U.K. (just like US) Students Not Lining Up To Study IT

February 21, 2013 at 5:52 am 3 comments

I hear all the time about the decline of interest in computing among high school students in the US.  Not surprising, but still disappointing, to see that the problem is also in the UK.

Between now and 2020, according to an October report from the Royal Academy of Engineering, the U.K. will need 10,000 more new graduates in science, technology, engineering and mathematics (STEM) each year just to fill current employment needs.

It’s difficult to see where they’re going to come from, especially in tech, judging from January data from the U.K Department for Education. Only 3,420 British students, or 0.4%, took a computer science A-level (similar to a U.S. high school diploma) in 2011-12, compared to a high of 12,529 in 1998.

The gender gap is another concern here, as a mere 7% — 255 total — of computing A-level students were female in the 2011-12 school year.

via U.K. Students Not Lining Up To Study IT – Education – K-12 –.

Entry filed under: Uncategorized. Tags: , , , .

Kids Use Coding Skills to Hack Online Games: Singular or Plural? First PhD in CS in US went to a Sister

3 Comments Add your own

  • 1. Neil Brown  |  February 21, 2013 at 6:14 am

    These figures refer to the Computing A-Level (taken aged 16-18 as part of optional further education), which has been in decline for many years. All the recent developments regarding computing in the UK have involved the new GCSEs (taken 14-16) or the national curriculum (focused on 5-14). I would expect that the Computing GCSEs are likely to have at least some effect on the A-Level, starting in the next year or two — but the only problem is that many sixth forms (16-18 FE) do not offer the A-Level due to the decline, so it may take a while to start up again. Plus, the A-Levels probably need a refresh in light of all the developments.

  • 2. alanone1  |  February 21, 2013 at 7:54 am

    Hi Mark

    Well, in any area, there are real difficulties, and two main kinds of gratuitous difficulties (1) those from poor pedagogy and teaching, and (2) those from poor design and practice within the field.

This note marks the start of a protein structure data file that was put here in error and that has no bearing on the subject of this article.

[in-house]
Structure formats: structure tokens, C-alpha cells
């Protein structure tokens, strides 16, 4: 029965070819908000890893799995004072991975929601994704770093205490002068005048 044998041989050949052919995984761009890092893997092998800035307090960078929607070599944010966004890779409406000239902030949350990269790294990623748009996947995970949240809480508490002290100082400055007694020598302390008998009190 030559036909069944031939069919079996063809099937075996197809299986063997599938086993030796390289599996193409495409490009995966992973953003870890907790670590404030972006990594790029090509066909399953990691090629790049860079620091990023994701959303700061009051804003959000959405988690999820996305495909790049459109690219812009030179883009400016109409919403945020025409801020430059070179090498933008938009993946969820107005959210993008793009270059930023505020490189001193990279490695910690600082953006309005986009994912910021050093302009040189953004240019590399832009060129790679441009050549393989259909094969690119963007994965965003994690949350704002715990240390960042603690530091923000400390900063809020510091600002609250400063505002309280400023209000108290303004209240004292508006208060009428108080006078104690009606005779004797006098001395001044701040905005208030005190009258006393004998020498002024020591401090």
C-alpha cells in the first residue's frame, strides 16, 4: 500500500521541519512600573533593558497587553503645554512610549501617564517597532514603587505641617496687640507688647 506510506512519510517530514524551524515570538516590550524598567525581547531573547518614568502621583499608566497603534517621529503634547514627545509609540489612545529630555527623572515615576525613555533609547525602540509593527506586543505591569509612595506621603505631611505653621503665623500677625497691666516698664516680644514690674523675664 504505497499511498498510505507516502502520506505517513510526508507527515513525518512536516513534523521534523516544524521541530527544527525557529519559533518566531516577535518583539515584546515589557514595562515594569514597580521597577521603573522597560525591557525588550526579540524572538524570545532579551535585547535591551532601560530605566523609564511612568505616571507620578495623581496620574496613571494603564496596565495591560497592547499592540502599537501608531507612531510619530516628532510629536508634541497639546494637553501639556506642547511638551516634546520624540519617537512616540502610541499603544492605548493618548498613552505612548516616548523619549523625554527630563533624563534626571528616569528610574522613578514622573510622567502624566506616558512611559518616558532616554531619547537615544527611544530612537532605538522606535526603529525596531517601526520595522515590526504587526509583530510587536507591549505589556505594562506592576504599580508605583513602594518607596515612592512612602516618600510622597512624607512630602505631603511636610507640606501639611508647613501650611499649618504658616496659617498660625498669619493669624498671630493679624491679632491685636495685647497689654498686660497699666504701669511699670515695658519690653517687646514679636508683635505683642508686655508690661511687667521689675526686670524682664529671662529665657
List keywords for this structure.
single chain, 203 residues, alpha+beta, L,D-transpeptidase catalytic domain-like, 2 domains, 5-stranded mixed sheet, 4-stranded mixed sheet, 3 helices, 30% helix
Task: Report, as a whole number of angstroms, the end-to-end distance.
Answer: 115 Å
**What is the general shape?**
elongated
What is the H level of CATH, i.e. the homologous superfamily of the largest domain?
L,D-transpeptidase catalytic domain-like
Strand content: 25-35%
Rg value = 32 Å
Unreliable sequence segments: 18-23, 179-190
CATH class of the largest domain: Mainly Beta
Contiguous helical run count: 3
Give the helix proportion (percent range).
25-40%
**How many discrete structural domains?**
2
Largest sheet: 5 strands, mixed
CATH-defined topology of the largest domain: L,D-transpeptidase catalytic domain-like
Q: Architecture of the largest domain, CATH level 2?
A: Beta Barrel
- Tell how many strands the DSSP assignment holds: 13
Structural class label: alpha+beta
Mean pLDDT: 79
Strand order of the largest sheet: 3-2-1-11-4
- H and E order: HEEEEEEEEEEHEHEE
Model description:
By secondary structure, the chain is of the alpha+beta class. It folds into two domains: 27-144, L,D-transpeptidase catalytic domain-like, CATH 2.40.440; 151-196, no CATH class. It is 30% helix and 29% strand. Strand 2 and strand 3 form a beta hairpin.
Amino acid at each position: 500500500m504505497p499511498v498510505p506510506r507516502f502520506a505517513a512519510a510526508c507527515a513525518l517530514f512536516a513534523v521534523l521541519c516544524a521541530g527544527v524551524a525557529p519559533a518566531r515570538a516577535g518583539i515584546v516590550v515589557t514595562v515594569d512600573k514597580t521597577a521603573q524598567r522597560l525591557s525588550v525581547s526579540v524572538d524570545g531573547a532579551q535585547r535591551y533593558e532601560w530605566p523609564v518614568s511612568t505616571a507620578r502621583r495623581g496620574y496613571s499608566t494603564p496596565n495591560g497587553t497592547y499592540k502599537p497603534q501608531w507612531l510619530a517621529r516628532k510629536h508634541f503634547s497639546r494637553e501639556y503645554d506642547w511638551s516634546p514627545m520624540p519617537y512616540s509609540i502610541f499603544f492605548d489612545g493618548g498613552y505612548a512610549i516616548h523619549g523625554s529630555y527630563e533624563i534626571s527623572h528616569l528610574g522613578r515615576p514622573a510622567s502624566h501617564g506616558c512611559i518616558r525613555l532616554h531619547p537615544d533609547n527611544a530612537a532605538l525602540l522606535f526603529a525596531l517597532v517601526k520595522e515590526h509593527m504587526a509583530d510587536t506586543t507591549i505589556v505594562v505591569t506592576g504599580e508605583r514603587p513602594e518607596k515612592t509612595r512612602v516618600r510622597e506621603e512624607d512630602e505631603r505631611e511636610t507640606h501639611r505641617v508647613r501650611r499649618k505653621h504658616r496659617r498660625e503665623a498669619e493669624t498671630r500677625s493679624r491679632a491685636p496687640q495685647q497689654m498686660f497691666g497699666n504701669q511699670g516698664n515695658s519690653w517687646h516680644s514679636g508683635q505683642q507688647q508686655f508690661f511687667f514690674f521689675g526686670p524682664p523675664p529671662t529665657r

I think the real difficulties are numerous enough to be a bit daunting — they are starting to get to the level of the “real sciences” like Physics, Chemistry, and Biology, and of “real engineering”. But these can be lots of fun and very satisfying to learn.

    The gratuitous difficulties of generally bad — even ridiculous — architectures and practice that are willy-nilly sifted into most systems today, and hence, most curricula, are the real killers I think.

    Good teachers who are also real practitioners could sift the good out from the bad, and that would encourage many students. But there is little evidence that most teachers are “good”.

    For what little it is worth, I certainly would not choose computing today if I were a high schooler or undergraduate. (It’s pretty ugly to look at without a real guide of some kind.)



  • 3. jamharl  |  August 28, 2013 at 6:55 am

    well, I just hope the young ones will change their minds and choose to learn and study IT


Leave a Reply

Fill in your details below or click an icon to log in:

WordPress.com Logo

You are commenting using your WordPress.com account. Log Out /  Change )

Google photo

You are commenting using your Google account. Log Out /  Change )

Twitter picture

You are commenting using your Twitter account. Log Out /  Change )

Facebook photo

You are commenting using your Facebook account. Log Out /  Change )

Connecting to %s

This site uses Akismet to reduce spam. Learn how your comment data is processed.

Trackback this post  |  Subscribe to the comments via RSS Feed

Enter your email address to follow this blog and receive notifications of new posts by email.

Join 9,026 other followers


Recent Posts

Blog Stats

  • 1,986,867 hits
February 2013

CS Teaching Tips

%d bloggers like this: